Community Board 5 has come out against the proposal for expanding a garbage transfer station in Long Island City, echoing complaints from Maspeth that the plan would clog the neighborhood’s streets with additional truck traffic.
The board voted 34-1 last week to oppose the plan unless Waste Management agreed to build a rail spur at the Review Avenue property, buy part of the contaminated industrial Phelps Dodge property for a rail spur or convert the site to a barge transfer station.
Plans for the expanded facility would take garbage from the borough’s six western community districts — about 300 tons per day and more than the roughly 1,000-ton capacity it currently processes from two community districts — and load it on tractor-trailers to be driven 1.5 miles to the Maspeth Rail Yard. The increased volume would mean 25 more city garbage trucks coming into the facility and roughly 35 more tractor-trailer rigs leaving each day, officials said.
Waste Management officials have ruled out a marine transfer station at the Review Avenue location, saying it would require a much higher volume of garbage — and trucks — to be economically feasible.
News of the added truck traffic angered Maspeth residents. A protest was planned for 11 a.m. Saturday at the Clinton Diner near the rail yard, where the garbage containers would be loaded onto rail cars.
While CB 5 member Manny Caruana accused Waste Management of including the extra truck trip to maximize its income from handling the garbage, others suggested there was hope for a rail siding at the transfer station.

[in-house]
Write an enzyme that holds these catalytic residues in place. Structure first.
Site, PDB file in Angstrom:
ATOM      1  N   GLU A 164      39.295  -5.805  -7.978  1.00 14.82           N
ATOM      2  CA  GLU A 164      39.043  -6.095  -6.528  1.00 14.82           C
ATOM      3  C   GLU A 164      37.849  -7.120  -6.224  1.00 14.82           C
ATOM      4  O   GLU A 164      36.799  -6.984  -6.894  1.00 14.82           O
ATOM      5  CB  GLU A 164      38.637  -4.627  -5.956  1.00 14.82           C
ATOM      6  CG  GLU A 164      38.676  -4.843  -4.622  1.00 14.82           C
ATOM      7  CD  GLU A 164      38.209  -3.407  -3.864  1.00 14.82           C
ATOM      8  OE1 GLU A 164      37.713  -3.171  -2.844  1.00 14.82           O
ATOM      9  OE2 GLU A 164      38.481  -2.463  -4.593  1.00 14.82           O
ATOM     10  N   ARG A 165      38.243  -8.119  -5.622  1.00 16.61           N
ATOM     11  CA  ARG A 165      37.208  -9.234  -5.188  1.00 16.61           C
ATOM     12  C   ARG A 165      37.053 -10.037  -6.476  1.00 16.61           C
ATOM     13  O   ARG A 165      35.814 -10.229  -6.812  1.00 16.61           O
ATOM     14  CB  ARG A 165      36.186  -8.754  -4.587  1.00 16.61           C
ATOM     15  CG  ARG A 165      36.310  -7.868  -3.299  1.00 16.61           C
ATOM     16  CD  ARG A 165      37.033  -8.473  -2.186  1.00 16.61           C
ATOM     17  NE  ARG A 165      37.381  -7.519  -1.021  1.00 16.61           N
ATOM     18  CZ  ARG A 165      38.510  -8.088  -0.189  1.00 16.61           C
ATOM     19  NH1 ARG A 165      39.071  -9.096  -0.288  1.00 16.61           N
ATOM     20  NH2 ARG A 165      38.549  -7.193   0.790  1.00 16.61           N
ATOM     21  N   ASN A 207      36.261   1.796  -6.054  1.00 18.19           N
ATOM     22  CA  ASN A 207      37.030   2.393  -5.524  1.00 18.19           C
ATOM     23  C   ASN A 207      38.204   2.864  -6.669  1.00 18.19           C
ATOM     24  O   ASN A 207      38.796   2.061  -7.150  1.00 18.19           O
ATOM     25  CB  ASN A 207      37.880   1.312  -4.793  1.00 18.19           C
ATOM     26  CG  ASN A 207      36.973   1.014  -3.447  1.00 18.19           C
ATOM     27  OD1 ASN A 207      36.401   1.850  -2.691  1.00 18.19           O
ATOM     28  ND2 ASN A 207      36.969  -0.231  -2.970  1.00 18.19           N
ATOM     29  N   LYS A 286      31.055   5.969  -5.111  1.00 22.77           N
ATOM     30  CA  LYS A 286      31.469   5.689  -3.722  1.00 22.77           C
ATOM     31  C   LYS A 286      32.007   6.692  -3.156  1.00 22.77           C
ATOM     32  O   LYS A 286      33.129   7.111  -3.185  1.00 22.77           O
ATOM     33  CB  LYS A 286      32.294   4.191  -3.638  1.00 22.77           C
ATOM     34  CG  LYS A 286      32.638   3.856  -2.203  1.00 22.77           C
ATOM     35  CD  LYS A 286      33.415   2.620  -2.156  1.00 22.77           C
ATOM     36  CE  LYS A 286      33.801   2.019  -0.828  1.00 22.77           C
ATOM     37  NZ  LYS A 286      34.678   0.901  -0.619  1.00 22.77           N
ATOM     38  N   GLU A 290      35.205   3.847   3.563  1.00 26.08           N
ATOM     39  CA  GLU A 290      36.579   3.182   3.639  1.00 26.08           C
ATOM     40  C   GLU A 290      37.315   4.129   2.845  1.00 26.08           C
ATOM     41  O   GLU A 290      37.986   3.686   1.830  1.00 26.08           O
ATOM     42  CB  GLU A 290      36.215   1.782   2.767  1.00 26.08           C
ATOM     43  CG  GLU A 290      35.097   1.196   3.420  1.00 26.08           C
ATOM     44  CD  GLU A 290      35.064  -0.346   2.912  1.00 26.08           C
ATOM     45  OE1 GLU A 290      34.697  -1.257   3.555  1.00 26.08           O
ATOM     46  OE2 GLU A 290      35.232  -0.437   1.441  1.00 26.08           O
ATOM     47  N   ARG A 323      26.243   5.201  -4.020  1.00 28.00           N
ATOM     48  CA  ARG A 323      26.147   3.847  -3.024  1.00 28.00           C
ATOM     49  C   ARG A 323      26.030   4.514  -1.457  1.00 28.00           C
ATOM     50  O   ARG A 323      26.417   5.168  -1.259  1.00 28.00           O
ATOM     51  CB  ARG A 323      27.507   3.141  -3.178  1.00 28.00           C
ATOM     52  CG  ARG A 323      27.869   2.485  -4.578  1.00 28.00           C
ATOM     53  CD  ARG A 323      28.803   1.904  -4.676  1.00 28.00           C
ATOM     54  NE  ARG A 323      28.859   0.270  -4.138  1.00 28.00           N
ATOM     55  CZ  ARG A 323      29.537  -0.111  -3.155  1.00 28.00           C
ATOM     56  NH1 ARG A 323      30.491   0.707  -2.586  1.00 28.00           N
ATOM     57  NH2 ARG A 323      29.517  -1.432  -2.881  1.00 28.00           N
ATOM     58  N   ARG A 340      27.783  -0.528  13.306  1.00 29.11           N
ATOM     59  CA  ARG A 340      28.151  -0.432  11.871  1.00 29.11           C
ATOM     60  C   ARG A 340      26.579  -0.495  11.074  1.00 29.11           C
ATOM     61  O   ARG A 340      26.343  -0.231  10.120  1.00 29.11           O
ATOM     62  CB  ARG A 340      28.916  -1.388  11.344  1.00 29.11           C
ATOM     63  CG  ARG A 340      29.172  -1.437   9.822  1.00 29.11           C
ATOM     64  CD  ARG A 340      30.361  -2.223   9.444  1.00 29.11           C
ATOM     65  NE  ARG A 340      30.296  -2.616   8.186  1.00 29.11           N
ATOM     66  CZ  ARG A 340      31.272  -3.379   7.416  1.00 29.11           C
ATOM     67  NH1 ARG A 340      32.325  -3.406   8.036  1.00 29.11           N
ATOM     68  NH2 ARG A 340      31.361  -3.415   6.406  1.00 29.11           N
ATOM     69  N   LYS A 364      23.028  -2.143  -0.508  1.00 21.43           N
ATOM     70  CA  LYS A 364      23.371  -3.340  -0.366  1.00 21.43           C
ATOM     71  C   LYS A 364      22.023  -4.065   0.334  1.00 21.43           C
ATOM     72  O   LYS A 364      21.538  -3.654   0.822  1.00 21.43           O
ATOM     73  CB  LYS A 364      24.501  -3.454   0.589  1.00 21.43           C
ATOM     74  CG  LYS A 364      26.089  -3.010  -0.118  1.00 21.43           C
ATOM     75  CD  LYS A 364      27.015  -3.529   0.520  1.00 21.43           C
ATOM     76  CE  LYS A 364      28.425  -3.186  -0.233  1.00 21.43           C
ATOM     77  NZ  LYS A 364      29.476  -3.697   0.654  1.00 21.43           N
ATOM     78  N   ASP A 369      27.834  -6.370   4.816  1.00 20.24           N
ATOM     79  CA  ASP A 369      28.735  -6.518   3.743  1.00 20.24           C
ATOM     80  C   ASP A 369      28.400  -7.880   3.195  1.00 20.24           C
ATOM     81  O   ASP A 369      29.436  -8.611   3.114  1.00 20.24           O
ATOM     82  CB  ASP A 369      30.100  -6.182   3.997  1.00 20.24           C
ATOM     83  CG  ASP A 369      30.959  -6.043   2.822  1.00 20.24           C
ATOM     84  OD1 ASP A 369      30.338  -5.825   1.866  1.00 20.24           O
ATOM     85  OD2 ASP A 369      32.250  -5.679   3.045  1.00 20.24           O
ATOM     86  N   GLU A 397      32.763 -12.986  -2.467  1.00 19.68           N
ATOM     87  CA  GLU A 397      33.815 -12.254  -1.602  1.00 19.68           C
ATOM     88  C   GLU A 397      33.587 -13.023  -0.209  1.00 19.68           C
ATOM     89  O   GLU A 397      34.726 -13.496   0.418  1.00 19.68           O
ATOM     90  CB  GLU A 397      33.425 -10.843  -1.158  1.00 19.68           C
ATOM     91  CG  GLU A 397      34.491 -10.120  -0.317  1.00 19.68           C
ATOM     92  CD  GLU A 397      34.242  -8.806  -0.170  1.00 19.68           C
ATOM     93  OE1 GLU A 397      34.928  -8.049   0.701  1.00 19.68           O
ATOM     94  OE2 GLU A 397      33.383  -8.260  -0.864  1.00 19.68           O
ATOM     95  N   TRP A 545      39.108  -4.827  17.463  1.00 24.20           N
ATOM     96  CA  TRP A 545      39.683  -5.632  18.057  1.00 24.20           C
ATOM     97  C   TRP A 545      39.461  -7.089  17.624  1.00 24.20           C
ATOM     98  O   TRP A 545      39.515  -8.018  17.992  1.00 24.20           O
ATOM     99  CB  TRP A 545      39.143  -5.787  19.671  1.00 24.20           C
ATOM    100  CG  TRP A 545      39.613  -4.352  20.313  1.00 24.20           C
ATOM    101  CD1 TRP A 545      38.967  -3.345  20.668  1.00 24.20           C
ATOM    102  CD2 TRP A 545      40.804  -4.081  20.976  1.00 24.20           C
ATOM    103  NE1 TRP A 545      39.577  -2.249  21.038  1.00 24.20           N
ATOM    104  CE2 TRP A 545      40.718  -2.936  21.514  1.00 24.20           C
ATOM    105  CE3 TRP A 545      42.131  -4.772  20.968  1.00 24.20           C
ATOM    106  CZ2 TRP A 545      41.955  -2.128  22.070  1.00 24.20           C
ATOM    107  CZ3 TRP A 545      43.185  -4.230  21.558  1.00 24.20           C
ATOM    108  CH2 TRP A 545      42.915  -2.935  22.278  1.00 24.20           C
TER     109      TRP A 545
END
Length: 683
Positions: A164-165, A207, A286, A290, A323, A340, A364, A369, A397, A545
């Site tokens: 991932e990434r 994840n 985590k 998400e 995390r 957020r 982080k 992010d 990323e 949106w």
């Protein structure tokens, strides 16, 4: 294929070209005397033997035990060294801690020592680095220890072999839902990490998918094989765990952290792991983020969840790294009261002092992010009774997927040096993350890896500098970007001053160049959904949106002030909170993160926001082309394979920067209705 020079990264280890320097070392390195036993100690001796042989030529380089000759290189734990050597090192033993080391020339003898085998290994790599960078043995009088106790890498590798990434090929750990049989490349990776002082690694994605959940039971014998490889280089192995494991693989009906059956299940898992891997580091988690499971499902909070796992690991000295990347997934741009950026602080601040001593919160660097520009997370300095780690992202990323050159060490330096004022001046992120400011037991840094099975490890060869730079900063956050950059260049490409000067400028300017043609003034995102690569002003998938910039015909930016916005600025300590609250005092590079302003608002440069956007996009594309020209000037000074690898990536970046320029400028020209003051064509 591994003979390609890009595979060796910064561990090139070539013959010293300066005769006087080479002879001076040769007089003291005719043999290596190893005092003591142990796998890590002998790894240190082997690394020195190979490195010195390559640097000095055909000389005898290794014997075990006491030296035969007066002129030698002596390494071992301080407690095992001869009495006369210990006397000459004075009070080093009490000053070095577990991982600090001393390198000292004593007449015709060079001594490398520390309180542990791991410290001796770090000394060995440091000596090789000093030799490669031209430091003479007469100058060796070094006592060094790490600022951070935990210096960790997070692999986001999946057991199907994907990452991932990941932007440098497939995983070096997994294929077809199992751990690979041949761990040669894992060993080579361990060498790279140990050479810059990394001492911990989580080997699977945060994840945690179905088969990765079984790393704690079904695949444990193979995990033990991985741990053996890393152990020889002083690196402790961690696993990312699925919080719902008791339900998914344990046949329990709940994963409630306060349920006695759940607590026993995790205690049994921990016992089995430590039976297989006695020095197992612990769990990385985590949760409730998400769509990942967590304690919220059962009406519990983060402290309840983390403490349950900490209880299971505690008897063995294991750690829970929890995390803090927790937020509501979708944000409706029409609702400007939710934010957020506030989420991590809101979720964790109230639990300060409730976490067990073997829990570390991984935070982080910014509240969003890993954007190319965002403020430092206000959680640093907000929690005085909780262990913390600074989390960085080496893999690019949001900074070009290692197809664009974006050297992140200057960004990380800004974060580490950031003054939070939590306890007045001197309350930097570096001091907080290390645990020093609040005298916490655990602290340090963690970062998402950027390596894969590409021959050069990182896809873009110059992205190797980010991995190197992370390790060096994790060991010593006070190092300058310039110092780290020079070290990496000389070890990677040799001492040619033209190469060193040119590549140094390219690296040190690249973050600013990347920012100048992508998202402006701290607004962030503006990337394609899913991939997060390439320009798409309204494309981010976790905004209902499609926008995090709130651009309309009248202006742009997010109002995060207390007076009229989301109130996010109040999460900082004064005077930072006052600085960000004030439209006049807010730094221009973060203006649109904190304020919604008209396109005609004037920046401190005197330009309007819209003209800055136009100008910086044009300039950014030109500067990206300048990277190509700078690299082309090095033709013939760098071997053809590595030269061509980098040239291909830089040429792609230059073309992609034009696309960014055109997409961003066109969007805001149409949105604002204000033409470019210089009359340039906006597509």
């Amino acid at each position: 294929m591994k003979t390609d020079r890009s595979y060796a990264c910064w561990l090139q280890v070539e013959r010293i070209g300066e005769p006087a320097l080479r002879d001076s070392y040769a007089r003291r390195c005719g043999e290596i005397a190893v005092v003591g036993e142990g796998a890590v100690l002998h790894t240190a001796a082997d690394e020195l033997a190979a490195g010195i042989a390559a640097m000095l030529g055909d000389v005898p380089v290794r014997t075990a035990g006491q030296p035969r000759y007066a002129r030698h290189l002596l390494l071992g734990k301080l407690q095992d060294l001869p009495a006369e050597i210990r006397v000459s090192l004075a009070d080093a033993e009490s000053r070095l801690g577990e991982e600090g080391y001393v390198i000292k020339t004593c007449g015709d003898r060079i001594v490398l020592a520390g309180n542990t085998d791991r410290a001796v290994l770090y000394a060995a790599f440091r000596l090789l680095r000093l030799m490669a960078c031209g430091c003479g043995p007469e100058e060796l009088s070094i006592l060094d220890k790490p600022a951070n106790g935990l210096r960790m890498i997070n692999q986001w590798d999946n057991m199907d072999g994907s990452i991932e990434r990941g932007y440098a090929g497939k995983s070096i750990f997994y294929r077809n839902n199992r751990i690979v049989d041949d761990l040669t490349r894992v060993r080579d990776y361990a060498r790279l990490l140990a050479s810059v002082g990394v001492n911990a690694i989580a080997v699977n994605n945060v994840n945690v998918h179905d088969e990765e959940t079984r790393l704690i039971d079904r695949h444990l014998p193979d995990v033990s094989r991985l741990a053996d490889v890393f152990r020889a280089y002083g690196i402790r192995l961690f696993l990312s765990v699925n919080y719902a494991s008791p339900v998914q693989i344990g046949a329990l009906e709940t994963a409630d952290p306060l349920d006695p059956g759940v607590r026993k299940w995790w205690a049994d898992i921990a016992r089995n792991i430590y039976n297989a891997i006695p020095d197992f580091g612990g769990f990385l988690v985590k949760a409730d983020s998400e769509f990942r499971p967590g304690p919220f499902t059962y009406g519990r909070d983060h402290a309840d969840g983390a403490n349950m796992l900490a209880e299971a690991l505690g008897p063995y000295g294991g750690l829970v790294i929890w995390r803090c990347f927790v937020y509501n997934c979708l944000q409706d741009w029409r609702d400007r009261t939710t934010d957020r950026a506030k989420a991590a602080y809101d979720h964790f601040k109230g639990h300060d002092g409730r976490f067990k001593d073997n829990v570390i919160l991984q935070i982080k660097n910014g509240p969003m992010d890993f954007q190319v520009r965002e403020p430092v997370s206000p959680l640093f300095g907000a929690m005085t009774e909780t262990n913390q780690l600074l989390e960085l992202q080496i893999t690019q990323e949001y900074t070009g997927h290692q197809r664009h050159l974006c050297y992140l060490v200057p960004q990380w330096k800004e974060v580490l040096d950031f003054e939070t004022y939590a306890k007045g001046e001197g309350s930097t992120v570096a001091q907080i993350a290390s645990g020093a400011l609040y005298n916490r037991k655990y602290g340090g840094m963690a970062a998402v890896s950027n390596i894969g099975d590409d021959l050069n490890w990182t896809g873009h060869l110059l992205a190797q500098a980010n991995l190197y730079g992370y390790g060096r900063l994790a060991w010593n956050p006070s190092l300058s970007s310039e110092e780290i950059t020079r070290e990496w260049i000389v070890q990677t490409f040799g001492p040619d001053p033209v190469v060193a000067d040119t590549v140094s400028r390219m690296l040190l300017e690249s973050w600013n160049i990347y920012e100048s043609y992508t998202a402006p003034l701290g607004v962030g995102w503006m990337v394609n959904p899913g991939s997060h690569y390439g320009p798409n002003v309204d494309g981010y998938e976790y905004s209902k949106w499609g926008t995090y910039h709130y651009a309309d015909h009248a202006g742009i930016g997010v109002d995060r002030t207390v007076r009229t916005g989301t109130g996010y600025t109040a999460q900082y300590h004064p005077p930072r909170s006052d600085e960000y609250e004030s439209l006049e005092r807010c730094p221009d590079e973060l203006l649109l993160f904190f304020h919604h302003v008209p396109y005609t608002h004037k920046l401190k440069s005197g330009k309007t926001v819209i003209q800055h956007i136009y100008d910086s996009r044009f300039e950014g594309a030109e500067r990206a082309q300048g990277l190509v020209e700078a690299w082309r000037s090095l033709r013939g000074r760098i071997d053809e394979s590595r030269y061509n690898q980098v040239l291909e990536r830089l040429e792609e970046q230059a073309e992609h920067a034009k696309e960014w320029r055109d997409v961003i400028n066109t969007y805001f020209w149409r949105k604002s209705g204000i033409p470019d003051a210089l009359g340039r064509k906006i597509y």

“In our discussions, they weren’t opposed to it,” said CB 5 member Paul Kerzner. “They just said the LIRR said no. It requires us to help to get this done.”
Kerzner also lamented the current traffic congestion along Review Avenue.
CB 5 District Manager Gary Giordano doubted the Long Island Rail Road, which owns the tracks that would access the hypothetical rail siding at the Long Island City property, was paying much attention to the situation.
“The LIRR has leased their freight operation to New York & Atlantic Railway, and that’s why they may not pay much attention to any of this,” he said. “It’s up to New York & Atlantic to stay out of the way of the passenger trains and to schedule their freight operations, and this would be a freight operation.”
Representatives from the two rail companies did not return requests for comment Tuesday.
Reach reporter Jeremy Walsh by e-mail at jewalsh@cn
©2009 Community News Group
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